When the Frick Collection moved temporarily into the Brutalist Breuer building on Madison Avenue in 2021—while its Beaux-Arts Fifth Avenue mansion closed for expansion and renovation—many comments centered on the placement of its most celebrated possession, Giovanni Bellini's masterpiece "St. Francis in the Desert" (c. 1475-80). Hung in a small gallery by itself, lower and closer to viewers, minus the distracting trappings of its opulent permanent home, and with light streaming in through a trapezoidal window from the same direction as that in the painting, the picture seemed to be perfectly displayed in splendid isolation.
Turns out, those ideal conditions could be even better—as they are now. "St. Francis" has been reunited for the first time in some 400 years with Giorgione's "The Three Philosophers" (c. 1508-09), which scholars believe was created in response to the Bellini. A special exhibition—"Bellini and Giorgione in the House of Taddeo Contarini"—features just the two works, which once hung in the palazzo of that prominent Venetian (though not, as far as is known, together), but have journeyed apart since at least 1636. The Giorgione passed through a few hands in Italy and Britain before joining the Austrian imperial collection and eventually becoming a foundational holding of the Kunsthistorisches Museum in Vienna. The Bellini was owned by at least 20 collectors and dealers before Henry Clay Frick bought it in 1915.
For a time in the 1490s, Giorgione was Bellini's student, and as the Frick's chief curator, Xavier F. Salomon, writes in the catalog for this duo exhibition, "the painting by Giorgione could not have been conceived without the example of the Bellini."
The Three Philosophers
The two paintings, however, offer different world views. Bellini immerses viewers in endless, eloquent details. The sandals beside the cave, the skull, the closed book on the lectern, and the visitor's bell on the trellis delineate the saint's life of prayer and meditation. In the landscape, the rocks and trees, the rabbit, the heron, the shepherd, the wispy clouds, the bridge to the walled city in the distance and, farther off, the mountain-top enclave, depict the earthly world. St. Francis—gazing toward heaven, with his outstretched hands revealing the stigmata that sealed his closeness to Christ—marvels at this divine miracle bestowed on humanity.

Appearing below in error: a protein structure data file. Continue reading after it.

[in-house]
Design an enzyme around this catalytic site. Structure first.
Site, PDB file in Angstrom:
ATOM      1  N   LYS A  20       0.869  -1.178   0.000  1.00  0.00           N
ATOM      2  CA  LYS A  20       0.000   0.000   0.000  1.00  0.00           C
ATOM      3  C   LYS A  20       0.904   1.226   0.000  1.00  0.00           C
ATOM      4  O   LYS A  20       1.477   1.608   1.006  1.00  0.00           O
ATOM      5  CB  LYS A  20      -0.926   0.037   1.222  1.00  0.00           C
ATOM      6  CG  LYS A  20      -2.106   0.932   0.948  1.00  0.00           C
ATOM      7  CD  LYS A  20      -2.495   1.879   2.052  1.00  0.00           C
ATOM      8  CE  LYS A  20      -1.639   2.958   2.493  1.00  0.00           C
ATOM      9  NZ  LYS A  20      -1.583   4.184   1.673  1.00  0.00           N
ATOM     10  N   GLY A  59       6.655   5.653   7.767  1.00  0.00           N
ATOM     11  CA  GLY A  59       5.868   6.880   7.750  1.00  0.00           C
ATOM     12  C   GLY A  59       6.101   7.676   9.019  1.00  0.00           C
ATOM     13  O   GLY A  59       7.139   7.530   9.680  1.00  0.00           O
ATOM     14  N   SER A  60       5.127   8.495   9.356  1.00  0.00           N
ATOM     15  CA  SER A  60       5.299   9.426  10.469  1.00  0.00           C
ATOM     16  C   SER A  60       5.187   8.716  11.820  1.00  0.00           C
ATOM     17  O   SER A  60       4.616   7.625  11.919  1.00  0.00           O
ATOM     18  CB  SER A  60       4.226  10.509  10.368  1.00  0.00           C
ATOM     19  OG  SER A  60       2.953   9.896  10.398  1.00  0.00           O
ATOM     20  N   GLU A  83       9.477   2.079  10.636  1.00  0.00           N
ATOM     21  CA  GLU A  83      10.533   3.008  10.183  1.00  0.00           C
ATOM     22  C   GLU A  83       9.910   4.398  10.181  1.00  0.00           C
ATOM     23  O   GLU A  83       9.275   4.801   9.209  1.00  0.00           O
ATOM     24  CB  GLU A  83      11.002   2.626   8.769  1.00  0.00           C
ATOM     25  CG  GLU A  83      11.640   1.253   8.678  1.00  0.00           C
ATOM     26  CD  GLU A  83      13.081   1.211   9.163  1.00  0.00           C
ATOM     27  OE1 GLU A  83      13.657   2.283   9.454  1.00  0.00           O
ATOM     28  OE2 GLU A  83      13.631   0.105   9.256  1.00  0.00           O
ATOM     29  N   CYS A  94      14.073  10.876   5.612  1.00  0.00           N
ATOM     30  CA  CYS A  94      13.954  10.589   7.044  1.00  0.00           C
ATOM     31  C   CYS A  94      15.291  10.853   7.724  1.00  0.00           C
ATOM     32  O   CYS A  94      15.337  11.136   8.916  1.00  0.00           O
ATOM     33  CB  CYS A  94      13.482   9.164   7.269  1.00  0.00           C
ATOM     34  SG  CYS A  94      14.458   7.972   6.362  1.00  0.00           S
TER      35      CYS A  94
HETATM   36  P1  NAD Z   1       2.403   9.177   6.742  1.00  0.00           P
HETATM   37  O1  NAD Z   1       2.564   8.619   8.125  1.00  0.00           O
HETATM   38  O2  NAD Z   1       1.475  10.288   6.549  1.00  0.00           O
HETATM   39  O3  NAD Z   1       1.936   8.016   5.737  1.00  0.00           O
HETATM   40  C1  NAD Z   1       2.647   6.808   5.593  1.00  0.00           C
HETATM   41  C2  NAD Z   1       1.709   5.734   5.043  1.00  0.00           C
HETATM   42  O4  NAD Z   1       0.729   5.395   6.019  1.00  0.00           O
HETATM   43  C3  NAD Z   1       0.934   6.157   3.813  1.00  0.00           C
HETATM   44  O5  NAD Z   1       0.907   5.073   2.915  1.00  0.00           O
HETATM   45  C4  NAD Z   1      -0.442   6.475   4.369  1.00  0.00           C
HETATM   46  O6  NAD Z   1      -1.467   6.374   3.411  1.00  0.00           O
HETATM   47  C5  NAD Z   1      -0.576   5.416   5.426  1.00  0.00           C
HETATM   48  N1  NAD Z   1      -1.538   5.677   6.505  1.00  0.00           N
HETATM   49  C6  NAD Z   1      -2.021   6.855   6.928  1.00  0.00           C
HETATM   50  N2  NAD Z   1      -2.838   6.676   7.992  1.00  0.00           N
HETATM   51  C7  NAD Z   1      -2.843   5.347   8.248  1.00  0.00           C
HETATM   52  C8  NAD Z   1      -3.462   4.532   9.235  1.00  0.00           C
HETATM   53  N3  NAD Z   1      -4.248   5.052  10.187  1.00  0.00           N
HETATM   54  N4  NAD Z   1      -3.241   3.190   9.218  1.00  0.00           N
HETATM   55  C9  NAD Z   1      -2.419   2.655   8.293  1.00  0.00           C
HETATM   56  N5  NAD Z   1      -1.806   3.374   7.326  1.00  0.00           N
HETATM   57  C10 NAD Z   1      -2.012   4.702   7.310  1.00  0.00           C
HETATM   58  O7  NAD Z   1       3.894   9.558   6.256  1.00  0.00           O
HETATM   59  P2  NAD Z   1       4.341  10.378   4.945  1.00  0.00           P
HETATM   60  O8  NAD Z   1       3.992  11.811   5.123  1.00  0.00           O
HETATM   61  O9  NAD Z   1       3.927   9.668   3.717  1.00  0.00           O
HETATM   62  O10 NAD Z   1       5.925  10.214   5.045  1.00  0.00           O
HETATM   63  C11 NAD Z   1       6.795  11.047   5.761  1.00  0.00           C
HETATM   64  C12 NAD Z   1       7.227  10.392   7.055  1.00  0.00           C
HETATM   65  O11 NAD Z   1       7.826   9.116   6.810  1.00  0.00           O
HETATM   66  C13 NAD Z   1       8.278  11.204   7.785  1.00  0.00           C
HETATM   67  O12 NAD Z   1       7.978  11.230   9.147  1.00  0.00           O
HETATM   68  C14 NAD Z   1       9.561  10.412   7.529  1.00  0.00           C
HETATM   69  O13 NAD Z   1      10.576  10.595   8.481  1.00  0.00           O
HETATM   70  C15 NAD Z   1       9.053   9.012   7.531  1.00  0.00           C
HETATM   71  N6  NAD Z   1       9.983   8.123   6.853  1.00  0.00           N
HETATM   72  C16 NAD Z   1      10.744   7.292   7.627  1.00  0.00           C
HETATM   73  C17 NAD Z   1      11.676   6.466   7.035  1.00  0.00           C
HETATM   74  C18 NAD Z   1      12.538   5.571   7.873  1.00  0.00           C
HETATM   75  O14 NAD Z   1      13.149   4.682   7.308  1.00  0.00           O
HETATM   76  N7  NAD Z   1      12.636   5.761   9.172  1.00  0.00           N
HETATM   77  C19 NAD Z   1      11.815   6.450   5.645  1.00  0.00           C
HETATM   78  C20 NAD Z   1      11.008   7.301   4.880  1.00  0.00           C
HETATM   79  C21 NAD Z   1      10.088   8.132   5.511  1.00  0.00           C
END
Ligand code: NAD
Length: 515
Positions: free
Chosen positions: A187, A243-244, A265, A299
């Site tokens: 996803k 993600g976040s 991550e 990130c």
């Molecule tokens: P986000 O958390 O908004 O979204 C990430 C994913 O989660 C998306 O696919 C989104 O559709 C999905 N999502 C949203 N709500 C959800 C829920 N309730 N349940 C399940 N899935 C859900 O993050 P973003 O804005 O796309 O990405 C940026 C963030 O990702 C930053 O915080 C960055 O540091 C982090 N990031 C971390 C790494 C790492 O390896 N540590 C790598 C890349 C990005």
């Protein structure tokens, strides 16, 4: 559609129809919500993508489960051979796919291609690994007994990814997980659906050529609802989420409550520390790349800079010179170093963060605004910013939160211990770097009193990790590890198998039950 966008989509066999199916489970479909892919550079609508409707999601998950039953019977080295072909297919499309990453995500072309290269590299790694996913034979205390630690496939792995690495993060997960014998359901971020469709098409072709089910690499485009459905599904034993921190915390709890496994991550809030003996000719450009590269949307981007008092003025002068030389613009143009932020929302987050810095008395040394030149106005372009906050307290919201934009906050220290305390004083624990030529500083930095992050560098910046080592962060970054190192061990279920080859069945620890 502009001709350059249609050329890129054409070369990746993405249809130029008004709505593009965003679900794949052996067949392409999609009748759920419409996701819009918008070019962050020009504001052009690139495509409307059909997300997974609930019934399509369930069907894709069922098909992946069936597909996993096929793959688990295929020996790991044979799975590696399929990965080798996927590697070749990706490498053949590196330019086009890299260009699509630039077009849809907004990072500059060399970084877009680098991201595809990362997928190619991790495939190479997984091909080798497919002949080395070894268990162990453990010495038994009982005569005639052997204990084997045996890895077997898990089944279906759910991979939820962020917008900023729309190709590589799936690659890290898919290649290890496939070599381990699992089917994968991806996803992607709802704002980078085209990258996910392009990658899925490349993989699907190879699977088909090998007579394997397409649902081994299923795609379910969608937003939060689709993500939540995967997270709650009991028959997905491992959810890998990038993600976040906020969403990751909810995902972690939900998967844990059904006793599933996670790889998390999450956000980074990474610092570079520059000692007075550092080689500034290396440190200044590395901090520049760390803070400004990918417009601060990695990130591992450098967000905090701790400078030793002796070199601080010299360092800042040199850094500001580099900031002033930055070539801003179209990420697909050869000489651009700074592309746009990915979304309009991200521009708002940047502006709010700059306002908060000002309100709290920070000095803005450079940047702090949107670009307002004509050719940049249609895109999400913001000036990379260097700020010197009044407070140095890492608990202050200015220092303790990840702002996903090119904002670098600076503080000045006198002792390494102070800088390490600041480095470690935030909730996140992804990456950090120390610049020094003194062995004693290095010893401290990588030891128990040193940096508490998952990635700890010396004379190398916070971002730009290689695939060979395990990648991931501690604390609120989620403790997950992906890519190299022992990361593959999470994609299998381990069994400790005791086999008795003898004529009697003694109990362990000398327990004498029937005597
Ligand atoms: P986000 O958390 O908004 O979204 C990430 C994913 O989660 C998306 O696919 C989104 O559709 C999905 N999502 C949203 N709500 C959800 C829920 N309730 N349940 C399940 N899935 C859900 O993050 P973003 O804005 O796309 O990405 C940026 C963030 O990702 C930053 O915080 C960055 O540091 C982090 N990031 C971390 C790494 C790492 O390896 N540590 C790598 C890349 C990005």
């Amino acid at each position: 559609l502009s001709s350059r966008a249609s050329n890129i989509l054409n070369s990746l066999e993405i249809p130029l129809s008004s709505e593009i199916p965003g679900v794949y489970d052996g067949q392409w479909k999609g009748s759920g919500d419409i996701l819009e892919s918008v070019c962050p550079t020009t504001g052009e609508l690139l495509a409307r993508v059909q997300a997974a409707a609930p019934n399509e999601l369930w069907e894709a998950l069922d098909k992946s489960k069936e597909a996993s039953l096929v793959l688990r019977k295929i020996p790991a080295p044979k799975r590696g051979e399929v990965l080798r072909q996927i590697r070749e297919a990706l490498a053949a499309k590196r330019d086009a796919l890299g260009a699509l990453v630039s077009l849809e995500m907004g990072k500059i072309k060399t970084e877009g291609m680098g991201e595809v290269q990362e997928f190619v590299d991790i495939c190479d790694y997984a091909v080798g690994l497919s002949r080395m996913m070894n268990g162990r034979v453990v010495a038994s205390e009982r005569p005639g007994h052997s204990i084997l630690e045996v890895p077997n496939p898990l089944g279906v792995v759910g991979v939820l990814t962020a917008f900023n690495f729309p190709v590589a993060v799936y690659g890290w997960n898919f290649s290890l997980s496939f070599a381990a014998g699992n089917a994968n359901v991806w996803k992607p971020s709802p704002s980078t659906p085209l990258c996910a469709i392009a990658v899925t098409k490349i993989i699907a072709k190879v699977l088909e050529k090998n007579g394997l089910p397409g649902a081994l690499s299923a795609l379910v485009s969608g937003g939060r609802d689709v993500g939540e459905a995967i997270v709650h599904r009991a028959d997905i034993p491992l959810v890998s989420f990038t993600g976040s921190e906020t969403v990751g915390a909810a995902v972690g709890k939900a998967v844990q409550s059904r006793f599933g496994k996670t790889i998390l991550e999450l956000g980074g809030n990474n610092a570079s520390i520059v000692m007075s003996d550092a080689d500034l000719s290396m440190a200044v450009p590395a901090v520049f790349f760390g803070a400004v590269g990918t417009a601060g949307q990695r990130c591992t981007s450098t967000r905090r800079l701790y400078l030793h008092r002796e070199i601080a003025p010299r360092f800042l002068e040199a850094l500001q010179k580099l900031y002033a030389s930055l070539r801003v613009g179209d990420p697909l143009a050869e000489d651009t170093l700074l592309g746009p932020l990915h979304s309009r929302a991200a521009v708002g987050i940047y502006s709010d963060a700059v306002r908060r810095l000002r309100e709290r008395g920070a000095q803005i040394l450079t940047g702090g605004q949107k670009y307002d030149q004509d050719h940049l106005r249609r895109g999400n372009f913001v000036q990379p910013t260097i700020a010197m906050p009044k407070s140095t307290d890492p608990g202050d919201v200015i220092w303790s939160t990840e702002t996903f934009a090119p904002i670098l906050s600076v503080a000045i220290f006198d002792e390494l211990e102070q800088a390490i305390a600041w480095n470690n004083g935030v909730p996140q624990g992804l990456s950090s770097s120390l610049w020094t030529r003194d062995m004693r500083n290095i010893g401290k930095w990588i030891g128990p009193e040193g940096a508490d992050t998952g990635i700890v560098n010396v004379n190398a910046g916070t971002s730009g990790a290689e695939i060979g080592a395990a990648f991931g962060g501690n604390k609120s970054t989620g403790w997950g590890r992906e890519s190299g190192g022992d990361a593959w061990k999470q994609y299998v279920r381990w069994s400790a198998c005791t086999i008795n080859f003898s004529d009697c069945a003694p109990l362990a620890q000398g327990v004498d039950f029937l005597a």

Nearly two generations younger than Bellini, Giorgione created a cryptic painting that has always puzzled even the experts. Art historians have suggested that the men are the three Magi or representations of the three Abrahamic religions (theories now roundly dismissed); the three ages of man (unconvincing); and the ancient Greek philosopher Pythagoras sitting near his teachers, Pherecydes and Thales (the most widely accepted suggestion nowadays). They, like St. Francis, are contemplating the mysteries of the universe, but Giorgione's philosophers are seeking knowledge through secular science, not fathoming it through the divine.
Giorgione's philosophical inquiry also requires close observation by viewers. On the far right, he posed a frowning, elderly man, with a long beard and dressed predominantly in a yellow robe, holding a compass in one hand and in the other a tablet showing a crescent moon, the sun and geometric diagrams. The middle figure, clothed in a white turban and red-and-blue tunic, with eyes downcast, gestures toward the older philosopher, but to what end? The third—young, clean-shaven, and dressed in more contemporary white-and-green garments—sits beside the others, holding a compass and a set square. Seemingly looking at the darkened cave (which is almost a mirror image of the three figures), he looks up, perhaps with hope: He's seeking enlightenment, trying to understand nature and perhaps to measure it.
Stylistically, viewers cannot help but notice that Giorgione's work is softer, with blurred edges, in contrast to Bellini's crisp lines. The use of Leonardo da Vinci's sfumato technique helped seal Giorgione's reputation as a master of atmospheric, lyrical art.
From the start, St. Francis's abode at the Frick Madison has been likened to a chapel. With "The Three Philosophers" in temporary residence, the gallery also becomes a place to luxuriate in these two masterpieces and to contemplate how their authors pointed the way forward for art, beyond the confines of traditional representation and toward a more poetic, more ambiguous future.